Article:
Who is a knowledge worker?
Judith Morley (DST) opened her session on Case Management by deferring to the ever-quoteworthy Dilbert on that matter (see above).
When Dilbert couldn’t come up with answer, Judith looked to a few others to define “knowledge worker.”
A knowledge worker might be someone who works at any of the tasks of planning, acquiring, searching, analyzing, organizing, storing, programming, distributing, marketing or otherwise contributing to the transformation and commerce of information and those (often the same people) who work at using the knowledge so produced.
Every knowledge worker in modern organization is an ‘executive’ if, by virtue of his position or knowledge, he is responsible for a contribution that materially affects the capacity of the organization to perform and to obtain results. — Peter Drucker, The Effective Executive (1966)
In short, the knowledge worker is your skilled and experienced worker who has at least a degree of decision-making responsibility and can communicate with or assist your customer in a meaningful way. Moving into the future, we need to enable these knowledge workers to work better and more efficiently to improve the customer experience.
Efficient and high-quality knowledge workers might need to collaborate across teams to complete complex transactions. They must be able to control their own content and manage unpredictable work. And they must be aware of their deadlines at all times.
AWD is working on a case management interface that will enable the knowledge worker, allow more flexible processing, create a more collaborative workspace and offer complete visibility into the current state of work. The who, what, why, where and when for the knowledge worker – the 5 W’s of Case Management.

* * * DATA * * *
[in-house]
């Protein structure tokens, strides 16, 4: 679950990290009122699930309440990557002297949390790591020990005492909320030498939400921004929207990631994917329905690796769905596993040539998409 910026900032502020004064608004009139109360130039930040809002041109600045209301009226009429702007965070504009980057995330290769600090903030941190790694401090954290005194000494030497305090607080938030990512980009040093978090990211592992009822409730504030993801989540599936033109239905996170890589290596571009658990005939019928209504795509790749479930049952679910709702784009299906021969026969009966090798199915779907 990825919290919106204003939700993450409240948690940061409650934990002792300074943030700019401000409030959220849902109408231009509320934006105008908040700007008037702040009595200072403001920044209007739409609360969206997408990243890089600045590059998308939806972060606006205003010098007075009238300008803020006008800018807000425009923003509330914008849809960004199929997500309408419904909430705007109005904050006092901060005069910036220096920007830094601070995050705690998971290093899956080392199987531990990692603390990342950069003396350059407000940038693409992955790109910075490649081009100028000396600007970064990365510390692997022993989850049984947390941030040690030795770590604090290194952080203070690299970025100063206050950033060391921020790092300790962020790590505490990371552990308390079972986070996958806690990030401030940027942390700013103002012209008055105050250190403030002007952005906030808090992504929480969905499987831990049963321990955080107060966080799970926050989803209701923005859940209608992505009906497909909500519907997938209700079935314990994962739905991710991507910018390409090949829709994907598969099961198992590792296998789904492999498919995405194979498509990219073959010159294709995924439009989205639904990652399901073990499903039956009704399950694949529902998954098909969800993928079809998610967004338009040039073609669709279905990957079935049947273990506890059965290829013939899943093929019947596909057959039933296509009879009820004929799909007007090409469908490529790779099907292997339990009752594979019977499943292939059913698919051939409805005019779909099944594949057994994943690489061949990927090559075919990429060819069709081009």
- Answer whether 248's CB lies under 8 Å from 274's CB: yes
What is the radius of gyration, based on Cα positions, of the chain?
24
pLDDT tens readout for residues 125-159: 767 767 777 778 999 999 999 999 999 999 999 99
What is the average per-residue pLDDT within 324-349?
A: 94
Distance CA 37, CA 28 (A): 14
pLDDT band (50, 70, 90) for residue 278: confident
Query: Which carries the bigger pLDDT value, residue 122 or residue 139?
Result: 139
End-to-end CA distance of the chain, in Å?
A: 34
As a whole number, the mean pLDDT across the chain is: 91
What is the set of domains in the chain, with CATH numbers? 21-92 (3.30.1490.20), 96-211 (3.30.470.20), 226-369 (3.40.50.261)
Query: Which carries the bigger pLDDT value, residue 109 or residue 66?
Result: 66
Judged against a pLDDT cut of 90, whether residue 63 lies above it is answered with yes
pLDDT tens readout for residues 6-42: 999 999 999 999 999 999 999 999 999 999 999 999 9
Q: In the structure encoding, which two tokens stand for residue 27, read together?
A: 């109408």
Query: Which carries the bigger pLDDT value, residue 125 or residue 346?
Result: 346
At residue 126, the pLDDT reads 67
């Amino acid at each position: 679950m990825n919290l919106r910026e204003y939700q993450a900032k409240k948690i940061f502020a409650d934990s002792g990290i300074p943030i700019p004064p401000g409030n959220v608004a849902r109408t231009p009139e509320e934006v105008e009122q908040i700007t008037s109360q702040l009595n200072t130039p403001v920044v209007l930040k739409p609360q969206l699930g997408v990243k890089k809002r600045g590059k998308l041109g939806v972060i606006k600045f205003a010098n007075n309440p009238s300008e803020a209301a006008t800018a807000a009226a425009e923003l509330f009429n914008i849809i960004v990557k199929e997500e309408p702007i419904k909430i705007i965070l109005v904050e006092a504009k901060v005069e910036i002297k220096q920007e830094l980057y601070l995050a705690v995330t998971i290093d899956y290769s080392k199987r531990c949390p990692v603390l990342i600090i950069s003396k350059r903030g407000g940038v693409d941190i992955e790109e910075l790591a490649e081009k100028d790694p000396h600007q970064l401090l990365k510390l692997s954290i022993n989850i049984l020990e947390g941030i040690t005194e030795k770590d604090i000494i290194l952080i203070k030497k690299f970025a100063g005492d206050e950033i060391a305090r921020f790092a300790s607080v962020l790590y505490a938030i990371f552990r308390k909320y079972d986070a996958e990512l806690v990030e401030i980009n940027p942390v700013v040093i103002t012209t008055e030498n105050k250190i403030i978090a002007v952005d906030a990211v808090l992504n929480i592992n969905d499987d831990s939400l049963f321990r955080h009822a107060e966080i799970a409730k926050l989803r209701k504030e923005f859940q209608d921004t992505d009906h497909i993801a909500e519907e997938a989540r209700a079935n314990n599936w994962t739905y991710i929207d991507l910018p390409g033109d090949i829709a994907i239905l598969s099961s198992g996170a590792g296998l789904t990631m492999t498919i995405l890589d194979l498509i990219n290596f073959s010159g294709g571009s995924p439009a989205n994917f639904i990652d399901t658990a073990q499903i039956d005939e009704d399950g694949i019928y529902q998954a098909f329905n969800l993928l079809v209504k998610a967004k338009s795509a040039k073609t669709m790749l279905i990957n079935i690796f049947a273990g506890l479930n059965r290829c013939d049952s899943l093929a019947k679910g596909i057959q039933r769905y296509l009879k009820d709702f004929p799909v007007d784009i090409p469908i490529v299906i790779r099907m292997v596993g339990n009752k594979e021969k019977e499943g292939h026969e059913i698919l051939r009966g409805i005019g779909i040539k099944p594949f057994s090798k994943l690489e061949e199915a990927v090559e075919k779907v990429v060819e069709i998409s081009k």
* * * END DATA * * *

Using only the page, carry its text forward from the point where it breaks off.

In working on this new case management interface, the AWD development team met with client across several industries including retirement plans, mutual funds, insurance and health care. The team listened to many frustrated knowledge workers and saw a infinite stream of paper, whiteboards and to-do lists. They soaked up a LOT of data and ultimately came up with four design goals:
- Humane way of working with files – it needs to make sense and not be overwhelming while allowing team members access to exactly what they need, when they need it
- Reorienting yourself to case – it needs to give team members enough context to do meaningful work on the case without much ramp-up
- Immediate responsibility vs ultimate responsibility – it needs to allow for management of both assigned work and owned work
- System that suggests instead of dictates – it needs to be flexible enough to allow team members to get work done in a way that makes sense for them
All of these developments are currently being fleshed out and tested to meet the needs of AWD users. The development team continues to research the next phases and would love additional input from AWD users and conference attendees.
Want to reach out to Judith? Start a conversation on Twitter at @jmo1113!